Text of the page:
By 1615, William Shakespeare had launched a line of sling packs on Kickstarter. There were several models, including the Hamlet, the Othello and the Macbeth. Billy was considered a pioneer because he also produced a bag targeted toward the female audience. Called the Lady Macbeth, it was stain resistant. Out, damned spot! Out, I say! This product line remained popular but controversial for three centuries because many scholars believed the bags had deceptively been designed by Sir Francis Bacon, and others contested that it was Christopher Marlowe. Oh well; what’s in a name?

When the New World was discovered, explorers found immense fields of tomatoes and hundreds of jars of marinara sauce. Which makes me wonder how Italy gets away with taking credit for spaghetti and pizza? Were there tomato-less versions up until then? And don’t get me started on the Brits’ claim to Fish and Chips; the humble potato was first grown in Peru. Sorry London. Double sorry Idaho.

Anyway, America was colonized and the hunt for wild nauga ensued. Within months, nauga hide became the de rigueur of camera bag makers across Europe.

That’s about all the history I know, except for the parts I left out. In case you’re confused, the remainder of this article is free of alternate facts. More-or-less.

Fast forward, then, to the modern era, also known as the Kodak Epoch.

The gadget bags our grandparents used were of the rigid hatbox-style that held a camera, bulb flashgun and little else. They were protective, to be sure, but heavy, awkward to carry and looked really crappy. Many were covered with leatherette (which molded) or imitation leatherette (which peeled to reveal cardboard beneath). Sad.

Original Leica canvas bag. Photo provided by highly-rated eBay seller atimeforus686.

In the early 1970s the first Leica Bag appeared. Made of canvas, it provided minimal protection but afforded photographers easy and immediate access to their gear—and that made them very popular. It had three deep pouch-pockets in the front and rather resembled a thin and anemic Billingham.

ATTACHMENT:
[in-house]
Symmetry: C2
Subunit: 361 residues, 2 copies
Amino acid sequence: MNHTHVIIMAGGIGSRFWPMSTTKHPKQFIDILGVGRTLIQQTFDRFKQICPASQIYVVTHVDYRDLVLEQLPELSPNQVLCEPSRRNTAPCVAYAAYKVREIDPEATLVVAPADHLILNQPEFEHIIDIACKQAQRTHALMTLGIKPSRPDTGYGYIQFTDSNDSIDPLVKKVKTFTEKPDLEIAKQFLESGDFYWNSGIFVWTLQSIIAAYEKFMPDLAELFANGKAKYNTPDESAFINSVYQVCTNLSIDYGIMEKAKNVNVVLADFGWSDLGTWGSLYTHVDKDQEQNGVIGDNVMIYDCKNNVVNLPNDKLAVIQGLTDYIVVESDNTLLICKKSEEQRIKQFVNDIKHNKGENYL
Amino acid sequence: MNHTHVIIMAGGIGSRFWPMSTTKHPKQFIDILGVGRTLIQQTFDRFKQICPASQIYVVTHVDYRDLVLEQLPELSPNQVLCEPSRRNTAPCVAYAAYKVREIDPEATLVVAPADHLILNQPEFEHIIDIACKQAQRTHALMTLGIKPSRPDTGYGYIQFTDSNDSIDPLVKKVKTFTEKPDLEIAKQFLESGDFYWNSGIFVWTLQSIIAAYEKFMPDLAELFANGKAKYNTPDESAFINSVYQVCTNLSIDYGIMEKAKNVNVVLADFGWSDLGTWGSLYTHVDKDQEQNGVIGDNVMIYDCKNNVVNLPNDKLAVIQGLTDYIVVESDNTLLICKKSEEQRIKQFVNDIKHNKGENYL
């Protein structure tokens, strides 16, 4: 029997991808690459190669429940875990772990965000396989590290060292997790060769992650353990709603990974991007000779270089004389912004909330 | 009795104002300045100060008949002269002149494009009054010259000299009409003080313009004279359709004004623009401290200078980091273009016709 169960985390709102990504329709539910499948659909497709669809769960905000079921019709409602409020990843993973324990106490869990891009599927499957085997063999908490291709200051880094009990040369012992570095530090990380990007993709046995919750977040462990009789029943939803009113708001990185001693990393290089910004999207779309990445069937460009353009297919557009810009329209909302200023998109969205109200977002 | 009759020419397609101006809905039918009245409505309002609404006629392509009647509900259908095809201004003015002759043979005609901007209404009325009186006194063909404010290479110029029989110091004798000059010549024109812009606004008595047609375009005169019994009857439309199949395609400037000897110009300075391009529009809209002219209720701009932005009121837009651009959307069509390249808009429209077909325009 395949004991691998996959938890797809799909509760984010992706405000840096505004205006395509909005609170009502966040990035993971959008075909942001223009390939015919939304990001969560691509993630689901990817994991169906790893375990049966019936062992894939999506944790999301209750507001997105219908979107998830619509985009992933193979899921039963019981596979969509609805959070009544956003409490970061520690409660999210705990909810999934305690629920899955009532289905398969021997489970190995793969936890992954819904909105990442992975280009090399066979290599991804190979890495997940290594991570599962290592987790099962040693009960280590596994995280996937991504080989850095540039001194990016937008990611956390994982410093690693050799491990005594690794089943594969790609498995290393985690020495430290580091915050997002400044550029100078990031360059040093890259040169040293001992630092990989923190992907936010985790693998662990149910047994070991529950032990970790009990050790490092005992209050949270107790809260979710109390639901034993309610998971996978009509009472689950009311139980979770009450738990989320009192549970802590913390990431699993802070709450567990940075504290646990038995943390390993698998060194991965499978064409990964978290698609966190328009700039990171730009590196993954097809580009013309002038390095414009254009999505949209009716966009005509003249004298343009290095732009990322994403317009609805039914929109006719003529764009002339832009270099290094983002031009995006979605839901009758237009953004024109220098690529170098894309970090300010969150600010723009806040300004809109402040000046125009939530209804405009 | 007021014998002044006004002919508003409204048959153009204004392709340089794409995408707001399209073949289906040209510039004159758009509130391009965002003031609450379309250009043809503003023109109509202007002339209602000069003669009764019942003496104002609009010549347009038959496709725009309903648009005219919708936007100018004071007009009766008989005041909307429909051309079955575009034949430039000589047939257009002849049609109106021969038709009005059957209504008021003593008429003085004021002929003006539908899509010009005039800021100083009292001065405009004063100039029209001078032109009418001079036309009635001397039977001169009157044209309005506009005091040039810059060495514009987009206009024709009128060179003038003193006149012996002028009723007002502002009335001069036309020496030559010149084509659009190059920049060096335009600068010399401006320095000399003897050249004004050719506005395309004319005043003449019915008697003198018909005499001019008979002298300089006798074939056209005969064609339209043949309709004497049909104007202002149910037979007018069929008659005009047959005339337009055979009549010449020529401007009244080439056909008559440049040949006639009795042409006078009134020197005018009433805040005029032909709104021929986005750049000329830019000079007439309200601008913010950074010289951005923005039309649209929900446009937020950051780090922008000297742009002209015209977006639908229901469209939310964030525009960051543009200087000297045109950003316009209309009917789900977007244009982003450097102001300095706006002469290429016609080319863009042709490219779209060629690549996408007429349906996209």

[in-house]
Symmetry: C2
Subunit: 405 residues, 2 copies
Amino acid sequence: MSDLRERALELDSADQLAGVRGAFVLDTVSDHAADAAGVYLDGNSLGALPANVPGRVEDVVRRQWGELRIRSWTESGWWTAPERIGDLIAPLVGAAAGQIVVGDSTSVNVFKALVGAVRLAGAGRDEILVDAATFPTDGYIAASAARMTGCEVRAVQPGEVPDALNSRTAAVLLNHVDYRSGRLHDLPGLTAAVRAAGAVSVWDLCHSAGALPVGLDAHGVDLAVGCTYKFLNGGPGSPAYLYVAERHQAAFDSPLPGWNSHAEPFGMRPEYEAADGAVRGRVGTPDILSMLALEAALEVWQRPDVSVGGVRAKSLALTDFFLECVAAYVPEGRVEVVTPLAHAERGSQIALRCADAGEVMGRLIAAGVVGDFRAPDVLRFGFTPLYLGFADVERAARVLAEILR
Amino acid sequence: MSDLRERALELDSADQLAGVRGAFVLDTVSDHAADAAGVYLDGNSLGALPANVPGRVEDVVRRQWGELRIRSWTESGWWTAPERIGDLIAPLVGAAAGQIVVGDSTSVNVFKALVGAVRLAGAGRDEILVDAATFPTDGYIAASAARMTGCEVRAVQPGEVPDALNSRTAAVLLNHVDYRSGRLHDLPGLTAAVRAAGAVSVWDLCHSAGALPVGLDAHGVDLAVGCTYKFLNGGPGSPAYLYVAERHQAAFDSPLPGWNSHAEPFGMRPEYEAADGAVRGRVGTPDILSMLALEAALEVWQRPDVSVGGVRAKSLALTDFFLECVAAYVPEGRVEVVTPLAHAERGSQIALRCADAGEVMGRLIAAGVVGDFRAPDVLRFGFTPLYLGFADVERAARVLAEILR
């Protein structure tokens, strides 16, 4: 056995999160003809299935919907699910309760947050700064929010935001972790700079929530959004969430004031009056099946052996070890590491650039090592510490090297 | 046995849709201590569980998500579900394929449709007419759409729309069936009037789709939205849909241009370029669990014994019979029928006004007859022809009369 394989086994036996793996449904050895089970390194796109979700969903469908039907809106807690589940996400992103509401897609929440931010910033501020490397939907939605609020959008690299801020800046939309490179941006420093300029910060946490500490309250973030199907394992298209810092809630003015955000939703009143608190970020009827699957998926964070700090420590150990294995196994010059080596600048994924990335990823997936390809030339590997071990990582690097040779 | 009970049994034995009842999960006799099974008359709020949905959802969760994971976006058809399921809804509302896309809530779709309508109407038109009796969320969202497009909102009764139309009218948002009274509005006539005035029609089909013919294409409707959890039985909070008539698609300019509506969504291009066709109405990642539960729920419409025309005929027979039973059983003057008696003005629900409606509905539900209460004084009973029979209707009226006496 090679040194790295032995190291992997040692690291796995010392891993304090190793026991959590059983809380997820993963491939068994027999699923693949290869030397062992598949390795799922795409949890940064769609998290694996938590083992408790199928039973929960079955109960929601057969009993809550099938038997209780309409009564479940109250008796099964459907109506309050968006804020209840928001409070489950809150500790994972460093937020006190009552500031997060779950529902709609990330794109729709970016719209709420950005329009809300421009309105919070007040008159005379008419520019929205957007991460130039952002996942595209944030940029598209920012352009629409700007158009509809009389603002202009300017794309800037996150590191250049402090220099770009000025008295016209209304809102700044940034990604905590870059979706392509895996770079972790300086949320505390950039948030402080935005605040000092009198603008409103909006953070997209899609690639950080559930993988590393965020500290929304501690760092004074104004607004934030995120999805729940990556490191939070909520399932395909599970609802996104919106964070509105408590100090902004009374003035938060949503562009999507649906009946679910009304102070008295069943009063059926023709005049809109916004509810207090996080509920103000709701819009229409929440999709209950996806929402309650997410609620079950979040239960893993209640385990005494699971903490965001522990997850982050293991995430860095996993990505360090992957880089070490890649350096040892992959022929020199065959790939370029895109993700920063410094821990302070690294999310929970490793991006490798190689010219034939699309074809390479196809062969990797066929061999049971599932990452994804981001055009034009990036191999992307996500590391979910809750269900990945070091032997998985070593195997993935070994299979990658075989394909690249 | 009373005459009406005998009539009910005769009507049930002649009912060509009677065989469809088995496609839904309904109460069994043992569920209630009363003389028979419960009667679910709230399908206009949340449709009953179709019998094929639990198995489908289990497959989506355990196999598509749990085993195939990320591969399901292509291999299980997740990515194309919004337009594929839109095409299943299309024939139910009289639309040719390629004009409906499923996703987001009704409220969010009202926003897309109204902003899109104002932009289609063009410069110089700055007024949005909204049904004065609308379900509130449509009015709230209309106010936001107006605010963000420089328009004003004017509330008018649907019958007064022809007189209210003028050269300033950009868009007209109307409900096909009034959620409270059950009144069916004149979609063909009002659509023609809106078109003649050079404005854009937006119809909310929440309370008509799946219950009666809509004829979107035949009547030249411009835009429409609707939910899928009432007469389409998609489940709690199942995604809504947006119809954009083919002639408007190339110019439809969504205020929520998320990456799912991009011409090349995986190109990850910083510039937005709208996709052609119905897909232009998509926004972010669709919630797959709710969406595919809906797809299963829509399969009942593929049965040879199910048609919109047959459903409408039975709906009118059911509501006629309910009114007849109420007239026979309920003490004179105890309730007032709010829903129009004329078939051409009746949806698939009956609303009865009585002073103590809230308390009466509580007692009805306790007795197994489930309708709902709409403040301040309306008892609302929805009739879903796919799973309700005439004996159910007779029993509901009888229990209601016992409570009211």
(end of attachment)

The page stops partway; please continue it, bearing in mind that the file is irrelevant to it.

Keep in mind that as the 35mm SLR became the dominant choice even for casual hobbyists, most cameras were purchased with a Never-Ready Case, a two-piece hard leather shell that was literally bolted to the bottom of the camera and snap-attached to the top.

Similar in design to the canvas Leica camera bag, the original Domke F2 has proven itself worthy time and time again.

As available resources, including ballistic nylon, waterproof coatings and injection-molded plastic evolved, the game changed. The new materials, combined with excellent designs and cheap foreign labor, accelerated the growth of the camera bag industry and now there are zillions of styles, models and brands.

Today you’ll find traditional padded soft bags, backpacks, waist packs, belt cases, sling bags and conventional shoulder bags. They are made from canvas, nylon, cow leather and some space age materials. Many accommodate laptop computers. Regardless of the style or design, there are marks of quality that can guide you toward a smart purchase.

What to Look For
If the strap is removable, check the snap fasteners—plastic is okay, as long as it’s sturdy. Or so I’ve been told. I have had plastic break, but I have never had a metal fastener break, knock wood. If the strap is not removable, check the areas where it is secured. In any case, be sure that the shoulder pad is comfortable and does not allow the bag to slip from your shoulder.

Structure of a zipper. Courtesy of YKK